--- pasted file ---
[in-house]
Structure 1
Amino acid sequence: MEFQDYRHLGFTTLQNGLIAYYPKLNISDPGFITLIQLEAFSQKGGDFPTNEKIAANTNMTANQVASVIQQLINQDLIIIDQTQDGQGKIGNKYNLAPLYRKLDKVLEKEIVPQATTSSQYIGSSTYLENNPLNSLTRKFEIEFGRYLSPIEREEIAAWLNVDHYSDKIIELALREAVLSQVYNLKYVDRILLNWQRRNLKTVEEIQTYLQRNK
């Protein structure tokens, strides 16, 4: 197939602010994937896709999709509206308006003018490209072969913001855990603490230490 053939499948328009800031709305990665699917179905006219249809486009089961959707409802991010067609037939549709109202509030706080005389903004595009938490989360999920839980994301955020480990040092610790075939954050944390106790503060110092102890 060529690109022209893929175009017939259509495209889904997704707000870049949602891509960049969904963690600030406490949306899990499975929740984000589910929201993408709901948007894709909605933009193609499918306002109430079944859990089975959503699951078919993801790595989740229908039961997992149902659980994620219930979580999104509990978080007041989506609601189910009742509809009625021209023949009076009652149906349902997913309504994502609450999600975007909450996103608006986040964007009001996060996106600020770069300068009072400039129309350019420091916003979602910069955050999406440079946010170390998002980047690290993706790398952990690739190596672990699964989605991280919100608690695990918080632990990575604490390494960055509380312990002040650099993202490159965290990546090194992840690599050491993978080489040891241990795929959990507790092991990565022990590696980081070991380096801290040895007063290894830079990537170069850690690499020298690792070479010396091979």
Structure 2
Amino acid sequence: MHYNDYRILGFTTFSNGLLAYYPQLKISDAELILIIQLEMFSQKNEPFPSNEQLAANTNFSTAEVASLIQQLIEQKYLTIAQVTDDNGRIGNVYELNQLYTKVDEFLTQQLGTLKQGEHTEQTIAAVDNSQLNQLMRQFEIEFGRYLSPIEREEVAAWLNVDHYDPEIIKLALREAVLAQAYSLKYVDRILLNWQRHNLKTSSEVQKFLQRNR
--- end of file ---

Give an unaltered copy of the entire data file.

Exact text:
[in-house]
Structure 1
Amino acid sequence: MEFQDYRHLGFTTLQNGLIAYYPKLNISDPGFITLIQLEAFSQKGGDFPTNEKIAANTNMTANQVASVIQQLINQDLIIIDQTQDGQGKIGNKYNLAPLYRKLDKVLEKEIVPQATTSSQYIGSSTYLENNPLNSLTRKFEIEFGRYLSPIEREEIAAWLNVDHYSDKIIELALREAVLSQVYNLKYVDRILLNWQRRNLKTVEEIQTYLQRNK
């Protein structure tokens, strides 16, 4: 197939602010994937896709999709509206308006003018490209072969913001855990603490230490 053939499948328009800031709305990665699917179905006219249809486009089961959707409802991010067609037939549709109202509030706080005389903004595009938490989360999920839980994301955020480990040092610790075939954050944390106790503060110092102890 060529690109022209893929175009017939259509495209889904997704707000870049949602891509960049969904963690600030406490949306899990499975929740984000589910929201993408709901948007894709909605933009193609499918306002109430079944859990089975959503699951078919993801790595989740229908039961997992149902659980994620219930979580999104509990978080007041989506609601189910009742509809009625021209023949009076009652149906349902997913309504994502609450999600975007909450996103608006986040964007009001996060996106600020770069300068009072400039129309350019420091916003979602910069955050999406440079946010170390998002980047690290993706790398952990690739190596672990699964989605991280919100608690695990918080632990990575604490390494960055509380312990002040650099993202490159965290990546090194992840690599050491993978080489040891241990795929959990507790092991990565022990590696980081070991380096801290040895007063290894830079990537170069850690690499020298690792070479010396091979």
Structure 2
Amino acid sequence: MHYNDYRILGFTTFSNGLLAYYPQLKISDAELILIIQLEMFSQKNEPFPSNEQLAANTNFSTAEVASLIQQLIEQKYLTIAQVTDDNGRIGNVYELNQLYTKVDEFLTQQLGTLKQGEHTEQTIAAVDNSQLNQLMRQFEIEFGRYLSPIEREEVAAWLNVDHYDPEIIKLALREAVLAQAYSLKYVDRILLNWQRHNLKTSSEVQKFLQRNR